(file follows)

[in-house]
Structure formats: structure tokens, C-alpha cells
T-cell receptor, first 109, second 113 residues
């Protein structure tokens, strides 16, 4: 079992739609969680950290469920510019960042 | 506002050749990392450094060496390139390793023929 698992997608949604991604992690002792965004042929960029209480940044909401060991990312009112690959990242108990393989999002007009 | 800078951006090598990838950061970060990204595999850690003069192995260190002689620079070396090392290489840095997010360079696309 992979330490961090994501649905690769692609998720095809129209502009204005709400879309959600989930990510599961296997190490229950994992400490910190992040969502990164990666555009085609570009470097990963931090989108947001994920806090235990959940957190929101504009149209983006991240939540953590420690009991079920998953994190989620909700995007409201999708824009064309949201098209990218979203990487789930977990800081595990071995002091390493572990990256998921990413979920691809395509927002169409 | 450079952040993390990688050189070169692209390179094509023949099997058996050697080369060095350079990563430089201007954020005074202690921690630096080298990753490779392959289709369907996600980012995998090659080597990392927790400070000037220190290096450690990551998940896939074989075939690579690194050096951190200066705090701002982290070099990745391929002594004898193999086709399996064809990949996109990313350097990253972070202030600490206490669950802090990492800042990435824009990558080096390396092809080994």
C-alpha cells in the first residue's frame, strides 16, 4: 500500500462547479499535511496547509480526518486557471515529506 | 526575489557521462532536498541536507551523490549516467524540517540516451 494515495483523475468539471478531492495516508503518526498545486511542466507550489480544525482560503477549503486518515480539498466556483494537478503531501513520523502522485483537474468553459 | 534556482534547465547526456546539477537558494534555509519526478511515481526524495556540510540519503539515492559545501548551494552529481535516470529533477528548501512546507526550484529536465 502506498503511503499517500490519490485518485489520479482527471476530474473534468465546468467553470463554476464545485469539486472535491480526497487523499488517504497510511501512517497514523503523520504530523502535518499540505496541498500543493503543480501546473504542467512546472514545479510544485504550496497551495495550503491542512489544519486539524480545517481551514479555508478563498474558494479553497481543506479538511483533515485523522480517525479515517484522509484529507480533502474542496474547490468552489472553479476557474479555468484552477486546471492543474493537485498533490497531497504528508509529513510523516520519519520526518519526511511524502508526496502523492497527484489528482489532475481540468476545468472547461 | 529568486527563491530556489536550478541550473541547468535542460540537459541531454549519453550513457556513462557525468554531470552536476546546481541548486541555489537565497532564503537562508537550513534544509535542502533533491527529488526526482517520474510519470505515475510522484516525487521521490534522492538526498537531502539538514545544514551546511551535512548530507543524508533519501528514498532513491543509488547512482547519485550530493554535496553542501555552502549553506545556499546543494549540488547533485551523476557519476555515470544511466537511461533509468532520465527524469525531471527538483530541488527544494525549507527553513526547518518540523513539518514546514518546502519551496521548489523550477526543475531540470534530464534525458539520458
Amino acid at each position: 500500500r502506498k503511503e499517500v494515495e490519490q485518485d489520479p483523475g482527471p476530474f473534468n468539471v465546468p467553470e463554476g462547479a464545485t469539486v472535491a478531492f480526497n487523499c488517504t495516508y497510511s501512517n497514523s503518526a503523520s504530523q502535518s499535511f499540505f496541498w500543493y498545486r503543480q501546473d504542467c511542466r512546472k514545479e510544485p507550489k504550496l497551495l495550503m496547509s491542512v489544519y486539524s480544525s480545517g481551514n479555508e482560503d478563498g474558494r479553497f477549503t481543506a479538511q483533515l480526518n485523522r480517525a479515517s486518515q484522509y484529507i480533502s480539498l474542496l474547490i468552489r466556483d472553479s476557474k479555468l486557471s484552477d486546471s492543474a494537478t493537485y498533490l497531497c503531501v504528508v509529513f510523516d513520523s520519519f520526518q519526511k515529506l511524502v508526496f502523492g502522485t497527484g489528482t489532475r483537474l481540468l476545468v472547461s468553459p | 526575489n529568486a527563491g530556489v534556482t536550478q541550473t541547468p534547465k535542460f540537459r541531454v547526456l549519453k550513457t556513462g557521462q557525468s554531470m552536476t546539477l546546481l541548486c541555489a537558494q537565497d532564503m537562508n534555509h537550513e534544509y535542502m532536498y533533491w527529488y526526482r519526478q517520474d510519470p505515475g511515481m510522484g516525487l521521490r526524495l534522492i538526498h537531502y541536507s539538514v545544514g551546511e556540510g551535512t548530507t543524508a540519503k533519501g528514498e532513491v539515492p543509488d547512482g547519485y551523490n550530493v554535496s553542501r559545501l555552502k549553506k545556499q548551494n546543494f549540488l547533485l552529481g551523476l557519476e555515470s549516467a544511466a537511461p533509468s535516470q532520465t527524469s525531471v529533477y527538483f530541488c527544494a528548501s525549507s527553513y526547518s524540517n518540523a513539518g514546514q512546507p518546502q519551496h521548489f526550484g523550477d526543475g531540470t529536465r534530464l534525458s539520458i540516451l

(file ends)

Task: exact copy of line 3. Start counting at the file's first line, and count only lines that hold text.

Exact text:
T-cell receptor, first 109, second 113 residues